A master’s student from Kazakhstan is challenging copyright infringement with her database of academic journal articles.
Since 2011, Alexandra Elbakyan, 27, has operated Sci-Hub, an online database of nearly 50 million copyrighted academic journal articles. Through her database, individuals around the world can freely access academic articles that were previously only attainable through an expensive subscription or article fees. Some subscriptions are $500 per year, while articles cost around $35 each.
In June 2015, Elsevier—one of the largest academic publishers in the industry—filed a civil action suit in New York Federal Court against Elbakyan and LibGen, another pirate database that provides access to over 20 million academic papers.
Let’s face it, LibGen and SciHub are popular because they solve a problem Elsevier should have solved: disseminating knowledge.
— ⓪ Rik Smith-Unna (@blahah404) June 10, 2015
Sci-Hub is simple to use; more intuitive, even, than the legendary torrent site, Pirate Bay. More often than not, though, the user is sent to a Cyrillic language page in order to access their desired paper. Other than the minor linguistic hurdles, however, obtaining an article for free via Sci-Hub is easy.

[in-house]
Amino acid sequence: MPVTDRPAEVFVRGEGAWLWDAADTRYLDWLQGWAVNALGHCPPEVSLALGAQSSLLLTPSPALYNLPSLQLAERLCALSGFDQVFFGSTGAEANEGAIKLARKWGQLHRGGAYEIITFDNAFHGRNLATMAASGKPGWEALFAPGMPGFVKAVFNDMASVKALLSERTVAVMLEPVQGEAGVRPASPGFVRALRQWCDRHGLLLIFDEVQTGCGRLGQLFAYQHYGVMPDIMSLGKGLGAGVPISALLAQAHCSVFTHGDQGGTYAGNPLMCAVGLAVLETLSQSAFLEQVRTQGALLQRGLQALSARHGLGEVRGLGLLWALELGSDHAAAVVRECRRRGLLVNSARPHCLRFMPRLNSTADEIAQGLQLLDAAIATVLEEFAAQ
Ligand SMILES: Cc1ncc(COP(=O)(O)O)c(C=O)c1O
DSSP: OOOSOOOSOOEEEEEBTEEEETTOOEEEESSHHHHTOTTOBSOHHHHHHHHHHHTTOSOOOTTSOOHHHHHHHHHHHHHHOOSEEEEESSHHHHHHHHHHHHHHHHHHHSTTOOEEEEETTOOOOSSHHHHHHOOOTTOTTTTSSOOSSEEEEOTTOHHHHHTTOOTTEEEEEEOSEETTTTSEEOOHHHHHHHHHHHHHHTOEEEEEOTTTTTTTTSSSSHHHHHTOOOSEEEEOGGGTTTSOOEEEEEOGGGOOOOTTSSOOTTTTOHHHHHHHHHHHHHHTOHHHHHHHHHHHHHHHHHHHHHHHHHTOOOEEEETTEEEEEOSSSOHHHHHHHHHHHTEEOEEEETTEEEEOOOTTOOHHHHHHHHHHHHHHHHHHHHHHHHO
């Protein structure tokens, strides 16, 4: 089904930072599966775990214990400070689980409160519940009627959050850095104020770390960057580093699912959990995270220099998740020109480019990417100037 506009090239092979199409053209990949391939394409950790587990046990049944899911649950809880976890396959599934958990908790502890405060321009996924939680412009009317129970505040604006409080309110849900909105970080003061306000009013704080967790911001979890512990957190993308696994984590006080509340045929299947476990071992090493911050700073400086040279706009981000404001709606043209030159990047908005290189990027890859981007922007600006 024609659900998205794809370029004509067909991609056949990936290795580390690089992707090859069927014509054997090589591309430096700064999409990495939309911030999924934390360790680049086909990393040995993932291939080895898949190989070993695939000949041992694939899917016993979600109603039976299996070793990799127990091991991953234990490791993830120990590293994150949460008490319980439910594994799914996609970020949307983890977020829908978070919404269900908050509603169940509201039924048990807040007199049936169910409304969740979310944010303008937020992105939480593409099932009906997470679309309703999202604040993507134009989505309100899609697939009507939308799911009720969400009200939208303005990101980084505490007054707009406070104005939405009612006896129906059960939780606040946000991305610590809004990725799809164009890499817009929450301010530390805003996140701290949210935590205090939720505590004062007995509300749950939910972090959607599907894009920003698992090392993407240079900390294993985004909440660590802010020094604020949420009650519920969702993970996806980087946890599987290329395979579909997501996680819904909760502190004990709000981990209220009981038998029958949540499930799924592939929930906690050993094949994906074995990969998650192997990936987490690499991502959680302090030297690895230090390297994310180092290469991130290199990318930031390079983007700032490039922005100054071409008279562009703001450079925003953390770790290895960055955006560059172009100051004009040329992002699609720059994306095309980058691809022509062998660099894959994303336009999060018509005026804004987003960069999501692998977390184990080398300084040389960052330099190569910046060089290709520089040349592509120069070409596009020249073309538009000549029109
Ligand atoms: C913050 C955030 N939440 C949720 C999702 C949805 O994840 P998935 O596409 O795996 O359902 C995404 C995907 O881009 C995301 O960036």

However, she obtained these 50 million articles (and counting) through internet piracy. Her actions, and those of many around her, have violated copyright codes.
Speaking via Google chat, Elbakyan told The Washington Post, “There are many ways to argue that copyright infringement is not theft, but even if it is, it is justified in this case. All content should be copied without restriction. But for education and research, copyright laws are especially damaging.”
Sci-Hub is a goal, changing the system is a method https://t.co/ACWeVnjOAn
— Alexandra Elbakyan (@ringo_ring) March 11, 2016
“This is outright piracy,” Lui Simpson told the Washington Post. Simpson is the executive director of international enforcement and trade policy for the Association of American Publishers.
“Nobody is justified in doing this.”